Always, always, always worth the drive.
Two years ago this month, we launched our annual 50 Best Restaurants list. Two months later, COVID came along and shut down our city, our communities, our restaurants. When it came time to publish our list in January 2021, it felt wrong — if not downright impossible — to come up with a ranking. Anyone who survived those lean times deserved accolades.
We’re not back to normal yet, but we thought it was time to take a stab at the list again—but this year, it’s a little different. We broke the Top 50 into five categories, each showing off a different facet of the region’s most vibrant restaurants. Below, 10 restaurants and purveyors in the Philly suburbs that are well worth the trip.
Anthony Andiario’s restaurant is only open four nights a week. He cooks a prix-fixe meal based on what he can get from local farmers and producers and doesn’t announce the menus in advance. Once something is gone, it’s gone — possibly never to return. Eating here is often the kind of experience that sticks with you for years—a carefully curated and expertly prepared taste of a particular moment or season in Pennsylvania, expressed through the flavors that best represent the state. Yet your meal never feels forced or heavy or false. Dinner here is just dinner, after all. But Andiario stands as an example of just how extraordinary something as simple as “dinner” can be.
West Chester | Italian
106 West Gay Street, 484-887-0919
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Bardea is one of those restaurants where you don’t go for any specific thing. You go for the burrata-stuffed pop-tart starter that oozes melted cheese when you cut into it, the wood-fired pizzas, handmade pasta, the cobia collar glazed with dulse butter and swiped with mango beurre blanc. You go for cocktails mixed with the house-made limoncello and laminated doughnuts with caramelized pineapple. Wilmington’s dining scene was a little stagnant when Scott Stein and chef Antimo DiMeo opened Bardea in 2018, and since then, it’s been drawing crowds for doing everything right.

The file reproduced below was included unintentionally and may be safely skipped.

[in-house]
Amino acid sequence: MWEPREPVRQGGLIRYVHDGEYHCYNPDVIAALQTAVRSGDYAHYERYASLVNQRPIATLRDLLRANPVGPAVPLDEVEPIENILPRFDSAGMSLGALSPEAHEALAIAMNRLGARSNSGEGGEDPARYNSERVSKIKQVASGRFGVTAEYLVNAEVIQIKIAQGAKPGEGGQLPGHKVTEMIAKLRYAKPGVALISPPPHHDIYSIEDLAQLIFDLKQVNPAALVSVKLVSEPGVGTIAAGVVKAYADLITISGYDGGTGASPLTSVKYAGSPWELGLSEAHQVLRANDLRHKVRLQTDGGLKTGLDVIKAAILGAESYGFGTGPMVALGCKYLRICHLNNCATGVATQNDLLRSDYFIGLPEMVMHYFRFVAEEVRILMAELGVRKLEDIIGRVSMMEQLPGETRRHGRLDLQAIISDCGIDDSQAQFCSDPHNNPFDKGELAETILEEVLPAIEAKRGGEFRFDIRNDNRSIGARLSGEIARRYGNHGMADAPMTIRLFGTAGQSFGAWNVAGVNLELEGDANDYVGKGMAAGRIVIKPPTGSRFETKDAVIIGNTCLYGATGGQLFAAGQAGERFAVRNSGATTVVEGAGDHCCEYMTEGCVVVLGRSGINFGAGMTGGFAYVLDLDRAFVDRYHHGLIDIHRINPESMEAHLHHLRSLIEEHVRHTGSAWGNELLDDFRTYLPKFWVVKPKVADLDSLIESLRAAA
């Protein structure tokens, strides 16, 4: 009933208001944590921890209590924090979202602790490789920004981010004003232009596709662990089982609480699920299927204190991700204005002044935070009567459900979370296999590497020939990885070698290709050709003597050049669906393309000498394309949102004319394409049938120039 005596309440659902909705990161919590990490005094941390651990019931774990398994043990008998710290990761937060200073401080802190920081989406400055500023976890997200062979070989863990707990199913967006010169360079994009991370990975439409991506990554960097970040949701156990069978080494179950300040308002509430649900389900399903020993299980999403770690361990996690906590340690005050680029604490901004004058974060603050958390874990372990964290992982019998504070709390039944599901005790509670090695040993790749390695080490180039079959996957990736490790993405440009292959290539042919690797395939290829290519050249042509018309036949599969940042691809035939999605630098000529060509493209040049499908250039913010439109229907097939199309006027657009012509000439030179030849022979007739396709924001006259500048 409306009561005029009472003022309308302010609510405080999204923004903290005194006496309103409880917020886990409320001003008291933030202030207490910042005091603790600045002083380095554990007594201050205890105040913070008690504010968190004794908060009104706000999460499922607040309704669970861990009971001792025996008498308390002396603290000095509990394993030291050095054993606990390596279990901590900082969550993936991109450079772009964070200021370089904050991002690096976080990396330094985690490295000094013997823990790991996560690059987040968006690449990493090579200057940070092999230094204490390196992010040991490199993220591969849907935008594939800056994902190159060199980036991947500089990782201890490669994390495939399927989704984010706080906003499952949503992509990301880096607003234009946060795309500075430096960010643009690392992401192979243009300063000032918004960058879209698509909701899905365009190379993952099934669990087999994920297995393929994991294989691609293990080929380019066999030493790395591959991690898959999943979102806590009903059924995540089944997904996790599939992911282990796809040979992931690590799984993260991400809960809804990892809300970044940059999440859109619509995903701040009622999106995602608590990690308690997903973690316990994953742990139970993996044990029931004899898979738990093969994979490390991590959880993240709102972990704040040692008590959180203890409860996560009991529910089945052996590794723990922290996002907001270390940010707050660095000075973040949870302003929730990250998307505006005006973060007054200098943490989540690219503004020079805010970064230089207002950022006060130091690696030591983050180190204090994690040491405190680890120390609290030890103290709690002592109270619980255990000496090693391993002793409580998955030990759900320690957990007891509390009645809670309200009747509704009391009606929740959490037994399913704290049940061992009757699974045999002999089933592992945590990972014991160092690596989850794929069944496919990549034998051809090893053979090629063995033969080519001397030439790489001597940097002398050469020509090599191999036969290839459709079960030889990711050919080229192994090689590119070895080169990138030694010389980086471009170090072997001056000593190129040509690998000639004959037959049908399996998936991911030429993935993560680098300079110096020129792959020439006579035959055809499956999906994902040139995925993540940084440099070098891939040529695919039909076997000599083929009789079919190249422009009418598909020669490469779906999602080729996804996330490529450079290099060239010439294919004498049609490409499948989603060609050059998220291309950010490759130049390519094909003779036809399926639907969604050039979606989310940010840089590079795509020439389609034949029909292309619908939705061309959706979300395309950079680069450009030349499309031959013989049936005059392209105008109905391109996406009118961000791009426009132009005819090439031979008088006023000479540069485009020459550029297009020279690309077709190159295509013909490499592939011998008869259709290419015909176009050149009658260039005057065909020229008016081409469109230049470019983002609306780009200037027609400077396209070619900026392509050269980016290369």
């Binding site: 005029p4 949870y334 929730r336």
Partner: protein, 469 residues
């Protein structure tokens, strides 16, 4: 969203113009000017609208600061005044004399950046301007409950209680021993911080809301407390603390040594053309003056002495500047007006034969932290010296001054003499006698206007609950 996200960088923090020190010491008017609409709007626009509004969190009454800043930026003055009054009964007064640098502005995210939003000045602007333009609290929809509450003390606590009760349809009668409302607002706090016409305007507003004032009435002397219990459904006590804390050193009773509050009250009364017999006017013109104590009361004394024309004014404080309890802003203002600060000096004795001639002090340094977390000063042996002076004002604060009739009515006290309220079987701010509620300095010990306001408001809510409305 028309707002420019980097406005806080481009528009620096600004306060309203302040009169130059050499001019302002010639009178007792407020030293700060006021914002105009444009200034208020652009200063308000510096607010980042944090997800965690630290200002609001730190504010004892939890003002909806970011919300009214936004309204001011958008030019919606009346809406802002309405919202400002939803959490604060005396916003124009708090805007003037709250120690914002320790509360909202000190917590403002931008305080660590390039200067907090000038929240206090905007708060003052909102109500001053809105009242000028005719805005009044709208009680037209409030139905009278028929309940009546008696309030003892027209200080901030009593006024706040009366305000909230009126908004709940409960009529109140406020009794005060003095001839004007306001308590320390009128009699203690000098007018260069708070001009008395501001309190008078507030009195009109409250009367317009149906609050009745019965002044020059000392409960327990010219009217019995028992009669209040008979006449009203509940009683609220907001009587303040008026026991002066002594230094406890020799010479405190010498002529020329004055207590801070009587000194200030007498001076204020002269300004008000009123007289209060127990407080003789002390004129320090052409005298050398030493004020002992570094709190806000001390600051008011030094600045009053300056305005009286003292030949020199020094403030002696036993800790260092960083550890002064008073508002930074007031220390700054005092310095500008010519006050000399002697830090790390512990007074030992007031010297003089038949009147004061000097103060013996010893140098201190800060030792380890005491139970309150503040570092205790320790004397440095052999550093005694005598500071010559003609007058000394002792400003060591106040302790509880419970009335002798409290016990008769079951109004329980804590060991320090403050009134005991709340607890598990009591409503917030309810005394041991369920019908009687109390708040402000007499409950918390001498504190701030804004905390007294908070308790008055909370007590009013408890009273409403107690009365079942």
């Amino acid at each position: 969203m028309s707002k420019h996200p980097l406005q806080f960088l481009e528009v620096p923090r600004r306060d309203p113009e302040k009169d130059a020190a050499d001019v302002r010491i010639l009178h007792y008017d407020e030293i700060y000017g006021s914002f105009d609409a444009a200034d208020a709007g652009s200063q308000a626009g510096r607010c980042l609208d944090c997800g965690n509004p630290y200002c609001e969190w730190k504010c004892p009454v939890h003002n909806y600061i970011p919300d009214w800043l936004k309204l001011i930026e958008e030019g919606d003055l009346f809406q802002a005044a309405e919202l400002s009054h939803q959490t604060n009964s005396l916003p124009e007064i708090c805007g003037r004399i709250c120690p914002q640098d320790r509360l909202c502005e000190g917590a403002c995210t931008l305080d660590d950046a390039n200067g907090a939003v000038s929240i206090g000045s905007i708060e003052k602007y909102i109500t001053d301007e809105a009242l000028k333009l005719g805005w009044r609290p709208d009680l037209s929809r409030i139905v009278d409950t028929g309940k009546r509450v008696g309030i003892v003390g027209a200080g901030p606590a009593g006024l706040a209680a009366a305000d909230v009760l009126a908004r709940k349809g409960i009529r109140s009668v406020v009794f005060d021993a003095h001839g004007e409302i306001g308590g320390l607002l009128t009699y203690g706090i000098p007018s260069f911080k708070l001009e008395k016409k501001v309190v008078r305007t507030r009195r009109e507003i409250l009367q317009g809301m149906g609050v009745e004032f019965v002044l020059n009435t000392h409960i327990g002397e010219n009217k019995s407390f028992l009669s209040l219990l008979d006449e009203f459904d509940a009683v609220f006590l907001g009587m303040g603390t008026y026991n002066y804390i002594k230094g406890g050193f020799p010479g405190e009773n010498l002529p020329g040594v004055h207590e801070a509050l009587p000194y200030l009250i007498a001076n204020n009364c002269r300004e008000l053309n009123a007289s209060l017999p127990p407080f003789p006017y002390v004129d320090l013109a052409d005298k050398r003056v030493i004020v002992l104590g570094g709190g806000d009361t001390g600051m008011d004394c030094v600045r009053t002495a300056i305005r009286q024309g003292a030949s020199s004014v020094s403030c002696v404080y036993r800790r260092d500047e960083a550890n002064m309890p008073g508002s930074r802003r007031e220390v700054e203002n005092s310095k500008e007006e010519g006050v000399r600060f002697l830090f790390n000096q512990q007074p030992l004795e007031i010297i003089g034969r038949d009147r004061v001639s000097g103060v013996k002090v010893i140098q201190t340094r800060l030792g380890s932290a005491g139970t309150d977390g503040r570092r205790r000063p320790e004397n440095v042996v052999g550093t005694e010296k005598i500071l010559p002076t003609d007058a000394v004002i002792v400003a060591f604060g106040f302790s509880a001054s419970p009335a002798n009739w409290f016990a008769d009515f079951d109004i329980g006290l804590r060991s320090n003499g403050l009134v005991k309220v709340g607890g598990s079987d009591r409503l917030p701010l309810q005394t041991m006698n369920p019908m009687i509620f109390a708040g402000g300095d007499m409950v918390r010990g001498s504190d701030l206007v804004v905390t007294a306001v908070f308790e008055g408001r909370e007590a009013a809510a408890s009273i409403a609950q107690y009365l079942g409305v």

Wilmington | Italian
620 North Market Street, 302-426-2069
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Dubu (named for the tofu that goes into its Korean soups and stews) low-key dazzles us with comforting bowls of soondubu jjigae, made with soft tofu and just the right amount of heat. With an endless array of complimentary banchan that kicks off your meal, with haemul pajeon—crisp, savory pancakes, pan-fried and flecked with shrimp and scallion — and with handmade dumplings in broth that’s been simmering for two days. Lastly, you come for the warm vibes and the K-pop that plays in the background as you fervently wish this place existed in your own neighborhood.
The dining room is all stonework, dark wood, flames licking from the big wood-fired ovens in the kitchen and the gleam of candles on every table. The menu is lobster spaghetti, brussels sprouts with the sting of Calabrian chilies, smoked pork chops with grits and bacon jus, and whole roasted branzino with olives and artichokes in a white wine beurre blanc. Together, they make Hearthside feel like a Restaurant With a Capital R — a place for dining that eschews the flighty and impulsive in favor of something more refined. Serious but not stodgy, solid but not stuffy.
Collingswood | New American
801 Haddon Avenue, 856-240-1164
More about Hearthside